Mapps unveils dueling proposal to shake up charter reform debate
PORTLAND Ore. (KPTV) - Not everyone is in agreement about the future of local government in Portland. Two separate campaign events Monday afternoon made that very clear.
Commissioner Mingus Mapps says he supports city government reform, but not Measure 26-228, which is being proposed to Portland voters in November.
At a Monday afternoon press conference, Mapps’ newly formed Ulysses Pac unveiled a similar but different proposal than what is being pushed by Portland United for Change, the group behind the campaign to pass measure 26-228.
On Election Day this November, measure 26-228 will ask Portlanders whether they want a mayor-council form of government. There would be four districts in the city each represented by three councilors. At a campaign event Monday afternoon, a spokesperson for Portland United for Change, the group behind the measure, says this will help accurately reflect Portland’s growing population.
“The actual size of four multi-member districts with three city councilmembers each would bring the ratio of city councilors to Portlanders closer to 1 for every 50,000 people,” said campaign communications director Damon Motz-Storey.
Hours later, Commissioner Mapps voiced his opposition by unveiling a new charter reform proposal that would create 7 council districts represented by one councilmember, or single-member districts. Mapps says this is more efficient because other levels of government are the same.
“Single member district system we use in the county, we use in Congress, it’s the system that we have all grown up with and know quite well,” said Mapps. “It is tested and has proven effective in many situations.”
If measure 26-228 passes, Portland’s mayor would oversee day-to-day city business and appoint a city manager to oversee the city bureaus. Mapp’s proposal is similar in this regard but differs when it comes to the mayor’s power. If measure 26-228 passes, the mayor would not have veto power, but would under Mapps’ proposal. Portland United for Change feels it’s about a fair balance of power.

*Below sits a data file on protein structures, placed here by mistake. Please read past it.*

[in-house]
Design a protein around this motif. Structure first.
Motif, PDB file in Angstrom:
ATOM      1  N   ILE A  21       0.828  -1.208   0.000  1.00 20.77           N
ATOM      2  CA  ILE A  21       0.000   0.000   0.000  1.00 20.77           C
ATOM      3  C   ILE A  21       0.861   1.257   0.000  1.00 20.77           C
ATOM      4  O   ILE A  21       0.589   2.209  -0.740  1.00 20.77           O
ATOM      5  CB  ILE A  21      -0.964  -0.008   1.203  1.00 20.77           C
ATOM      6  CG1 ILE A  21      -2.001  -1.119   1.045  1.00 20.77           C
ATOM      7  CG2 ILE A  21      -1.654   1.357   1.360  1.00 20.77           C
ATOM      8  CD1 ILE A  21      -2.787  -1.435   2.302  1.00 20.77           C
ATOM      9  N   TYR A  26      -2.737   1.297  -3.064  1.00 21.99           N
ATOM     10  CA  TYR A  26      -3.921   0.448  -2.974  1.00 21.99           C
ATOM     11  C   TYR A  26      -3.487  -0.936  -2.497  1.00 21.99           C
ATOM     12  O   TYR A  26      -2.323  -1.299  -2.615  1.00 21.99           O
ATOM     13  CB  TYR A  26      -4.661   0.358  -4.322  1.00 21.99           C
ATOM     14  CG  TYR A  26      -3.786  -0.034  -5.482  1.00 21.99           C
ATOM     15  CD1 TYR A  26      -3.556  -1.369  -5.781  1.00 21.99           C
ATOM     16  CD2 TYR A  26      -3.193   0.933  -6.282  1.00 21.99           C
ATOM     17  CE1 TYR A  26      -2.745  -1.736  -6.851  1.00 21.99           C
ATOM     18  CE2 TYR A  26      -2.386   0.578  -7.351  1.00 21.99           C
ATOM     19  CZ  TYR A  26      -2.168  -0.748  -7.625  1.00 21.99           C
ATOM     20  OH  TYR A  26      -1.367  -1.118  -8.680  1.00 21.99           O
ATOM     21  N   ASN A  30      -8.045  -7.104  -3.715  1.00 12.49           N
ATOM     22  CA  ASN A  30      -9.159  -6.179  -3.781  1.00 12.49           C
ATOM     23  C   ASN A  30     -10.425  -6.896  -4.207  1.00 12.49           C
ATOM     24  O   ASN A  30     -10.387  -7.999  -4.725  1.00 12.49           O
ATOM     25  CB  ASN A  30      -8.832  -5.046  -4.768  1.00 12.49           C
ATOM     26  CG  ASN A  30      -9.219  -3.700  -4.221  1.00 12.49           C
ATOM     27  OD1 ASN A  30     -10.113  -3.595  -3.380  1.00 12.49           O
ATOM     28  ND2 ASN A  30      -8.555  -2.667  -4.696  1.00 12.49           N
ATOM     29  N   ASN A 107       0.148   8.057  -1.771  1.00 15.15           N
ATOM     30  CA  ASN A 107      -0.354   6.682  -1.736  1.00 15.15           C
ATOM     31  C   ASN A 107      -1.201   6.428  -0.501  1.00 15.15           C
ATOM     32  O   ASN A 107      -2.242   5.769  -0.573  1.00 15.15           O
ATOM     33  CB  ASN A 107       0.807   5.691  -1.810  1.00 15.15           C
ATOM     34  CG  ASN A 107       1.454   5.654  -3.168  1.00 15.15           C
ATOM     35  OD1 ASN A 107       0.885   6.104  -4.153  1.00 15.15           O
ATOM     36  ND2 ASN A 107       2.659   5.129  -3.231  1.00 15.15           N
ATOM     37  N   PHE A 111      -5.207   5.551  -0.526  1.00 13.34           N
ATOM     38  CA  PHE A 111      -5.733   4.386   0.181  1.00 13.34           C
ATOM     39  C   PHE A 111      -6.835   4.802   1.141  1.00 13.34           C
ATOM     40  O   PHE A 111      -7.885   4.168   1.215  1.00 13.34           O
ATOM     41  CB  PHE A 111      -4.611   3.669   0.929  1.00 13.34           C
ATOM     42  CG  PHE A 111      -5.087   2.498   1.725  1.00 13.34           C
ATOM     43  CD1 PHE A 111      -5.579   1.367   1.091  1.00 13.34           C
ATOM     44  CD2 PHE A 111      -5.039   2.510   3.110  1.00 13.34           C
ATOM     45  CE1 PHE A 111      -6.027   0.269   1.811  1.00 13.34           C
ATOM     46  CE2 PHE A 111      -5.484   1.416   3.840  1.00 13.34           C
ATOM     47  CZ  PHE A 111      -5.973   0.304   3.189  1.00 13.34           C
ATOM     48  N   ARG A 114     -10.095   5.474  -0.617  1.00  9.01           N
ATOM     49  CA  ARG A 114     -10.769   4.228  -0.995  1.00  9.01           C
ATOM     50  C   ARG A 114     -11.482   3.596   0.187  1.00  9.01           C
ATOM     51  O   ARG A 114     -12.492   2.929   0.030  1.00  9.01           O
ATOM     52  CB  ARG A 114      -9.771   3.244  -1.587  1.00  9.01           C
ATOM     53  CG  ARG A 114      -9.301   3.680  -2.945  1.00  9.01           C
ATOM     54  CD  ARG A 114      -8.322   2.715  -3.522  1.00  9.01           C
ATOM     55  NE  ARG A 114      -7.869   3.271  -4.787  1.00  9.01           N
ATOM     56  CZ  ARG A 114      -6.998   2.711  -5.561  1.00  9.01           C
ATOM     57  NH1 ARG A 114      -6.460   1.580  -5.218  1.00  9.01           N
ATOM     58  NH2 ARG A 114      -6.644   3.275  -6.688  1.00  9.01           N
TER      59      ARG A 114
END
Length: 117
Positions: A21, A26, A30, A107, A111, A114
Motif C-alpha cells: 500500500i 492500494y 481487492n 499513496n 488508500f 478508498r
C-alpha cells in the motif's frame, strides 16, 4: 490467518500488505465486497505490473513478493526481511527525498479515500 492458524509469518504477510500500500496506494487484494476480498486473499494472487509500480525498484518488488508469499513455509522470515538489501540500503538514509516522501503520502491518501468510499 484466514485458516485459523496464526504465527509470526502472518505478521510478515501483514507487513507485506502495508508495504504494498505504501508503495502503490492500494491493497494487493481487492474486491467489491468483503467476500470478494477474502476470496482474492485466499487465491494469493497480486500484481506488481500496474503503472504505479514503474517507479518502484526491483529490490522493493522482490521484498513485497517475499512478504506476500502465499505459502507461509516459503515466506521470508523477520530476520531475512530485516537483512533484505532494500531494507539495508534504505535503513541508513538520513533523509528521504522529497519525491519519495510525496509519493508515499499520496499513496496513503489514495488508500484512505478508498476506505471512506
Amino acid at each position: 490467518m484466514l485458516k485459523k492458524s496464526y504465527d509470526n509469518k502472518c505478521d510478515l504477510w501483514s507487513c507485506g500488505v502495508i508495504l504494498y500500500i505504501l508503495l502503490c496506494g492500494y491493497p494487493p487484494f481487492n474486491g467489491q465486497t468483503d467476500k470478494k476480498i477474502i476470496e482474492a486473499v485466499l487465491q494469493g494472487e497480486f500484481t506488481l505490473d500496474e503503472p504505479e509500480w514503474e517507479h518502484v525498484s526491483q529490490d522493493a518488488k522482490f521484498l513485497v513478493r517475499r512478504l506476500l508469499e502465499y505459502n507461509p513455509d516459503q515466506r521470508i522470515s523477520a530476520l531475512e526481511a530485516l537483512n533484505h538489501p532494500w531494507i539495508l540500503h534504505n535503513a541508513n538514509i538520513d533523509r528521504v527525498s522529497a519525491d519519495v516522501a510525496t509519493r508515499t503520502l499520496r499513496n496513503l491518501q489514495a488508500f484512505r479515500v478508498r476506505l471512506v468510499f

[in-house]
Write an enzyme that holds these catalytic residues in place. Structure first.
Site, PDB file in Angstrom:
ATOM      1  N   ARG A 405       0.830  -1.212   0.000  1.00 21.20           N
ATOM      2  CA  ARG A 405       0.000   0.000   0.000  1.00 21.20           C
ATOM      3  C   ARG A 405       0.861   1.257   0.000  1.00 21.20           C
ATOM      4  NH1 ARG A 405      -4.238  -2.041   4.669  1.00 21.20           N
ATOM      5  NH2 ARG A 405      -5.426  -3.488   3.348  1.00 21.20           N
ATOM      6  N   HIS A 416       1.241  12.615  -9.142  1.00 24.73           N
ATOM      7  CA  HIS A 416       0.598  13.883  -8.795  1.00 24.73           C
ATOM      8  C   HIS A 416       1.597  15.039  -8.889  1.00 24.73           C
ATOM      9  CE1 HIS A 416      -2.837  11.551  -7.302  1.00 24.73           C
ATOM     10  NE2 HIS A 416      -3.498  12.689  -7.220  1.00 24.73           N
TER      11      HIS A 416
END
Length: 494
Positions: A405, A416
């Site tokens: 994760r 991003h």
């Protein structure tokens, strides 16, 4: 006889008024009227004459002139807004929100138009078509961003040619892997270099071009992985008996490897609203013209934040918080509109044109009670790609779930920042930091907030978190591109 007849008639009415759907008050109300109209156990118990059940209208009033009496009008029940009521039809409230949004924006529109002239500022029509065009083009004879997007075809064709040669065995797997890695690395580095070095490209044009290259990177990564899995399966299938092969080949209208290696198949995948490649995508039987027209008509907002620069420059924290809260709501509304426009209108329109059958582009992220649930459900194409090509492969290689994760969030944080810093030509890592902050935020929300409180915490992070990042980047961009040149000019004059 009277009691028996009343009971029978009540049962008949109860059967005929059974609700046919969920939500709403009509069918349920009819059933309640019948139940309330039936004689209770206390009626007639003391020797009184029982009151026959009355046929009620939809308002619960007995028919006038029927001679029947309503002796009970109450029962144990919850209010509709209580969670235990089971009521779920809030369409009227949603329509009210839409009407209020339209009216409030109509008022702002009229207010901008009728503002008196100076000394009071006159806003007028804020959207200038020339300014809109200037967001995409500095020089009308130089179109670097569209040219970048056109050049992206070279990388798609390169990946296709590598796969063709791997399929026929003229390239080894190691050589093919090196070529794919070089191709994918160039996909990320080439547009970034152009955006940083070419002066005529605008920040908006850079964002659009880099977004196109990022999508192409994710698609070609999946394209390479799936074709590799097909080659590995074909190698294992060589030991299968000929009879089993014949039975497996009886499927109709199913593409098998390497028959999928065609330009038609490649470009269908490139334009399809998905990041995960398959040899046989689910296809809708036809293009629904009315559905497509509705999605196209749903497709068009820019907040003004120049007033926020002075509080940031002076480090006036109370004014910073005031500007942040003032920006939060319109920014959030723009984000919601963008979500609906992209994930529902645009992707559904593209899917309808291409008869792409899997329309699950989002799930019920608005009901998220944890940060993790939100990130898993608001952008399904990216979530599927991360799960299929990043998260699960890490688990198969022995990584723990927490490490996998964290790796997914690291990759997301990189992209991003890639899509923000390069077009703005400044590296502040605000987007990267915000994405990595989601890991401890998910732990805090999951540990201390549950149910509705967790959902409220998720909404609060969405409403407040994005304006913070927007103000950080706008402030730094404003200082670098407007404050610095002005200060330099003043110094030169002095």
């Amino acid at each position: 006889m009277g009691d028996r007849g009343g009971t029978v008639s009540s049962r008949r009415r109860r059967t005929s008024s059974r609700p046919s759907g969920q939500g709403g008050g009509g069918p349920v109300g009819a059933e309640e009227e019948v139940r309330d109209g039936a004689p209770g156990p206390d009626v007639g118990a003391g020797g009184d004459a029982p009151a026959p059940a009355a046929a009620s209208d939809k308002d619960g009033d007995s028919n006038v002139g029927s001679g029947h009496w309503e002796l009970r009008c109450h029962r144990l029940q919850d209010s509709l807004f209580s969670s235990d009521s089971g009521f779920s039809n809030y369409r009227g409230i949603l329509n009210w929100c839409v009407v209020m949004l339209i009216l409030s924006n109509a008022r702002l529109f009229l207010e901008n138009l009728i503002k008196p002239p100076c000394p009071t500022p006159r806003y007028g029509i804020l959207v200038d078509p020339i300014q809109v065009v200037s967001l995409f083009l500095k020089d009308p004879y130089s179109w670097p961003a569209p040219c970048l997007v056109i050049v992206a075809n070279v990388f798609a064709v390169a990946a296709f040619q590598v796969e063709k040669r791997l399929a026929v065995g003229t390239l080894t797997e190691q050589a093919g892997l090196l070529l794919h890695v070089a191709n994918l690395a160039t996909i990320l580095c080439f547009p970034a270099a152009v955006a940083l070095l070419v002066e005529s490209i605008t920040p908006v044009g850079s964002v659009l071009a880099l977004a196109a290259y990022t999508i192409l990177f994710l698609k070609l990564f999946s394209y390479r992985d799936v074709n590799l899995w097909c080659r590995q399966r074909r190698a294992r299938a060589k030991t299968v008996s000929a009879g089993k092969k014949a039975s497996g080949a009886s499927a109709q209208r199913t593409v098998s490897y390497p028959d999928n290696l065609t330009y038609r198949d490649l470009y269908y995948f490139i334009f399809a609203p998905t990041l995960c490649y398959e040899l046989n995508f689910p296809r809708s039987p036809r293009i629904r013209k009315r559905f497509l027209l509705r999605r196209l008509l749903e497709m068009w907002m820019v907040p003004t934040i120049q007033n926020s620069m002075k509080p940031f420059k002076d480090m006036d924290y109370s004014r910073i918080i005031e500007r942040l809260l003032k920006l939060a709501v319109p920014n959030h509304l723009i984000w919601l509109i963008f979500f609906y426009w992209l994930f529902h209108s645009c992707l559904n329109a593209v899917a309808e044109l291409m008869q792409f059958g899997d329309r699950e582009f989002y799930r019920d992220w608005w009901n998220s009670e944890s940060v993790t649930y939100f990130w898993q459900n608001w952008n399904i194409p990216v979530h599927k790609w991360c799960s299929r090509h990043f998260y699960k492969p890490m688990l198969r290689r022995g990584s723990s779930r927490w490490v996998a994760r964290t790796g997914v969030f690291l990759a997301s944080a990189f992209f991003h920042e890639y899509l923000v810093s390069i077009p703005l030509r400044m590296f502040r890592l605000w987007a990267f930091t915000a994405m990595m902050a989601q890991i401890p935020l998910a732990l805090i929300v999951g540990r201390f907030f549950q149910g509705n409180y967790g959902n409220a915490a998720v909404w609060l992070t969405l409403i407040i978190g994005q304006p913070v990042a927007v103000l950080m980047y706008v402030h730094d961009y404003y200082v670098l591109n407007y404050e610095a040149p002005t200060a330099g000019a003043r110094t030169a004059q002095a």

“Upon growing the city council and making it more representative of all of Portland’s diverse communities, to then give the mayor the ability to veto policies that the more representative city council would pass, might be too much power in the executive branch,” said Motz-Storey.
Mapps and his Ulysses Pac say, having a mayor with veto power over council is necessary to keep the mayor involved in policy changes.
“I think it’s vitally important that the mayor be a member of city council, that he is continually engaged with his or her colleagues,” said Mapps.
Mapps’ proposal is merely just a proposal, and he says this would only move forward if the current ballot measure fails. Mapps and fellow commissioner, Dan Ryan, say while they will vote against the charter reform proposal in November, they will support measure 26-228 if it passes and ensure a peaceful transition of change in government structure.
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